Disney movies are magical and that is in part because they have ah-mazing soundtracks. The House of Mouse produces songs that instantly stick with you and either make you clap and sing along "Hakuna Matata," anyone? Every fan has their list of favorite songs, which is totally fair, but let's be real, these are the best Disney songs of all-time in no particular order. We've included songs from classic Disney movies, as well as tunes from more recent films. All Rapunzel wanted to do was see the lanterns and she finally got her wish during this iconic track from Tangled. The song is also the first time her and Eugene realize their feelings for one another as they participate in one of the most mesmerizing moments in Disney history. Even without Hercules, Meg proved that she cold take care of herself.
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29. Why Should I Worry? (Oliver & Company, 1988)
Listen to the best Disney songs
Every parent can surely name the most popular Disney song in their household. And as your parent, you will just have to accept that fact. The rest of the list, published by PlayLikeMum. But number four? Entirely perplexing. Of course, this lists only ranking songs based on Spotify plays, so perhaps Cars just has a particularly passionate Spotify fan base. Take a look at the top 10 for yourself, and find the rest of the song list here.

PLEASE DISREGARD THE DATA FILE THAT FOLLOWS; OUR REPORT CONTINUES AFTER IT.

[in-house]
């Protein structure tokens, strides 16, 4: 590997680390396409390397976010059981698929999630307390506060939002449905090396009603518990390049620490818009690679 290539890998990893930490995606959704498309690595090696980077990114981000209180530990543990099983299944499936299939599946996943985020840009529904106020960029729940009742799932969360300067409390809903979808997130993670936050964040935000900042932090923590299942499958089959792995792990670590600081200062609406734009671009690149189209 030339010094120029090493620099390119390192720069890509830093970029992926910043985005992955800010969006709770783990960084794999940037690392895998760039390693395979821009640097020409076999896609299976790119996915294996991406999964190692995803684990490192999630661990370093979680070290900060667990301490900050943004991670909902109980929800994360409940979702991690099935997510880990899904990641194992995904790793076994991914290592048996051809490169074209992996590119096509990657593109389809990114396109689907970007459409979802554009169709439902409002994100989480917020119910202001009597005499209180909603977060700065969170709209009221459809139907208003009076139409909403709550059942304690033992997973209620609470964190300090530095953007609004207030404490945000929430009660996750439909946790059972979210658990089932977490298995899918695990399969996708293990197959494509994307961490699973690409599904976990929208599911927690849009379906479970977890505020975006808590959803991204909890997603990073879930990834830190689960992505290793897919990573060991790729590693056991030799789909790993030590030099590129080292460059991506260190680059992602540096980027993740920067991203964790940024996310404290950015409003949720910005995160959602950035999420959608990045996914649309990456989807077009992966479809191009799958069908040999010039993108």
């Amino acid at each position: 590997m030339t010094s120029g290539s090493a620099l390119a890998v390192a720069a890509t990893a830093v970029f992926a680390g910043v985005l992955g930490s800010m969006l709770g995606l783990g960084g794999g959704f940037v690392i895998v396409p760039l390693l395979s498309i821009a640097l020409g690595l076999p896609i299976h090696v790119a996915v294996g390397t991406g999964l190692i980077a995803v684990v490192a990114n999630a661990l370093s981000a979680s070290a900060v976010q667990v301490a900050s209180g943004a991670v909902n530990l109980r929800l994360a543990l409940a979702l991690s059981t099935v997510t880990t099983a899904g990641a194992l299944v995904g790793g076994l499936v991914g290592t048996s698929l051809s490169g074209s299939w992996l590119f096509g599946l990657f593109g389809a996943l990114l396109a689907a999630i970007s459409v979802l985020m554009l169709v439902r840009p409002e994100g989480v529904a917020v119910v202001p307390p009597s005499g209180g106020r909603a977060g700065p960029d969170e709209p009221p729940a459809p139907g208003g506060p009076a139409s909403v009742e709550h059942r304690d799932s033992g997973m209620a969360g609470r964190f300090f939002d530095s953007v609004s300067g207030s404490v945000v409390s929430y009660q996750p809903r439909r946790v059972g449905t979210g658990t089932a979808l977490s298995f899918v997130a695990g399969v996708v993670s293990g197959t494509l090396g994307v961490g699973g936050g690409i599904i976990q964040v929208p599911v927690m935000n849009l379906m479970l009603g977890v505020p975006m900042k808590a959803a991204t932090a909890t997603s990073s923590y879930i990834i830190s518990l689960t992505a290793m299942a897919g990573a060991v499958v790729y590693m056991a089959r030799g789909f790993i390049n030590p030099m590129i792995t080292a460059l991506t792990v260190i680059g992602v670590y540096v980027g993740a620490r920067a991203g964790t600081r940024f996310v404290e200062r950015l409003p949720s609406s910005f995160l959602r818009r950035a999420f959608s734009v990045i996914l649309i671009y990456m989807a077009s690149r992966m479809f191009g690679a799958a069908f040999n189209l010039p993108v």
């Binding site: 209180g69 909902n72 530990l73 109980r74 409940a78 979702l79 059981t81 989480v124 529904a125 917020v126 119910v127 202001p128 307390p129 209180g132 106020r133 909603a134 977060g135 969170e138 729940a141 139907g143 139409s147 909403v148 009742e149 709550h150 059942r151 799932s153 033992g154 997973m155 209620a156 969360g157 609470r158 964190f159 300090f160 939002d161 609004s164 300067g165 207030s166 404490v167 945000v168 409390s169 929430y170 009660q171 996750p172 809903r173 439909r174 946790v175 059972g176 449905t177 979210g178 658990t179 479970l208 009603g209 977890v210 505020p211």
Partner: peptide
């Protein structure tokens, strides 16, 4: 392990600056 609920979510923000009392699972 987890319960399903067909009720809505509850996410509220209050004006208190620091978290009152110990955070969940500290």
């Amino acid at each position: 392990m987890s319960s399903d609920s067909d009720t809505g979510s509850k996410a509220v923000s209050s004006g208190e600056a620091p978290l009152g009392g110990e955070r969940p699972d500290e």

Thu 18 Jul It is not clear if Little April Shower is supposed to sound as sinister and hallucinatory as it does — the middle section of the song, with its wordless, seasick vocal chorus and surging orchestration seems to cast a pall over its cuter moments. The writer of Hamilton, Lin-Manuel Miranda , came up with this homage to the 60s sunshine pop of the Turtles or the Association. And, like the best 60s sunshine pop, something shady lurks beneath the carefree breeziness of its tune: lyrics that offer a masterclass in passive-aggression. A song that can survive being performed a d eux by Peter Andre and Katie Price is clearly a song that is exceptionally well constructed. Meanwhile, Waits in jazz-influenced beatnik mode sounds like an inspiration for this song, from the film that launched a thousand teenage goth backpacks. It works on two levels: as a villain wishing death on his enemies and as an up-yours kiss-off to a former partner.